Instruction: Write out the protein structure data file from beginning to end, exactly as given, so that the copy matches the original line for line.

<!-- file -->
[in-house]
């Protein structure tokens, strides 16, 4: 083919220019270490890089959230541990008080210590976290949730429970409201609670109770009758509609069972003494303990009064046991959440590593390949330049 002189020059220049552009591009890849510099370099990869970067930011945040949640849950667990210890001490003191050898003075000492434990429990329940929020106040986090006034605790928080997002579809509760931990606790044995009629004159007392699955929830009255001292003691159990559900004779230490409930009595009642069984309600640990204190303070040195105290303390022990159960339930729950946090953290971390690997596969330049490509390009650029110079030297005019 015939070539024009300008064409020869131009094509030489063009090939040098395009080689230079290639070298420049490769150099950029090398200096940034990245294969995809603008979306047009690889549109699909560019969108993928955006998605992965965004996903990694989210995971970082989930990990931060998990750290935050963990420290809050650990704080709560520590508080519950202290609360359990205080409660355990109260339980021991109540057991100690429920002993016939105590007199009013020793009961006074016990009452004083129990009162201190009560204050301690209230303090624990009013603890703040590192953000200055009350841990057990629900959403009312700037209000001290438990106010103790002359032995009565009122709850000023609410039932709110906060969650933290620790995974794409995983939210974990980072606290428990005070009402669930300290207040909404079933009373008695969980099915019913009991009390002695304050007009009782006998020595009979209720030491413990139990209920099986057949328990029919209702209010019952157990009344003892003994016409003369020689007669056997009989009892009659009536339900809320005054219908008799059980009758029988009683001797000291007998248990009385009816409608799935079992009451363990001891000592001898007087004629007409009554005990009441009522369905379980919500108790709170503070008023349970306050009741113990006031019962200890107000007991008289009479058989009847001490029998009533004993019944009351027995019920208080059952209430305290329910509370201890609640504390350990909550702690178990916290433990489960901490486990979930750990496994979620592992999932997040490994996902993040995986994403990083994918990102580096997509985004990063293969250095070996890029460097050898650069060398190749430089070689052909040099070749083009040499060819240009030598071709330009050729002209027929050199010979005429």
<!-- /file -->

[in-house]
């Protein structure tokens, strides 16, 4: 083919220019270490890089959230541990008080210590976290949730429970409201609670109770009758509609069972003494303990009064046991959440590593390949330049 002189020059220049552009591009890849510099370099990869970067930011945040949640849950667990210890001490003191050898003075000492434990429990329940929020106040986090006034605790928080997002579809509760931990606790044995009629004159007392699955929830009255001292003691159990559900004779230490409930009595009642069984309600640990204190303070040195105290303390022990159960339930729950946090953290971390690997596969330049490509390009650029110079030297005019 015939070539024009300008064409020869131009094509030489063009090939040098395009080689230079290639070298420049490769150099950029090398200096940034990245294969995809603008979306047009690889549109699909560019969108993928955006998605992965965004996903990694989210995971970082989930990990931060998990750290935050963990420290809050650990704080709560520590508080519950202290609360359990205080409660355990109260339980021991109540057991100690429920002993016939105590007199009013020793009961006074016990009452004083129990009162201190009560204050301690209230303090624990009013603890703040590192953000200055009350841990057990629900959403009312700037209000001290438990106010103790002359032995009565009122709850000023609410039932709110906060969650933290620790995974794409995983939210974990980072606290428990005070009402669930300290207040909404079933009373008695969980099915019913009991009390002695304050007009009782006998020595009979209720030491413990139990209920099986057949328990029919209702209010019952157990009344003892003994016409003369020689007669056997009989009892009659009536339900809320005054219908008799059980009758029988009683001797000291007998248990009385009816409608799935079992009451363990001891000592001898007087004629007409009554005990009441009522369905379980919500108790709170503070008023349970306050009741113990006031019962200890107000007991008289009479058989009847001490029998009533004993019944009351027995019920208080059952209430305290329910509370201890609640504390350990909550702690178990916290433990489960901490486990979930750990496994979620592992999932997040490994996902993040995986994403990083994918990102580096997509985004990063293969250095070996890029460097050898650069060398190749430089070689052909040099070749083009040499060819240009030598071709330009050729002209027929050199010979005429």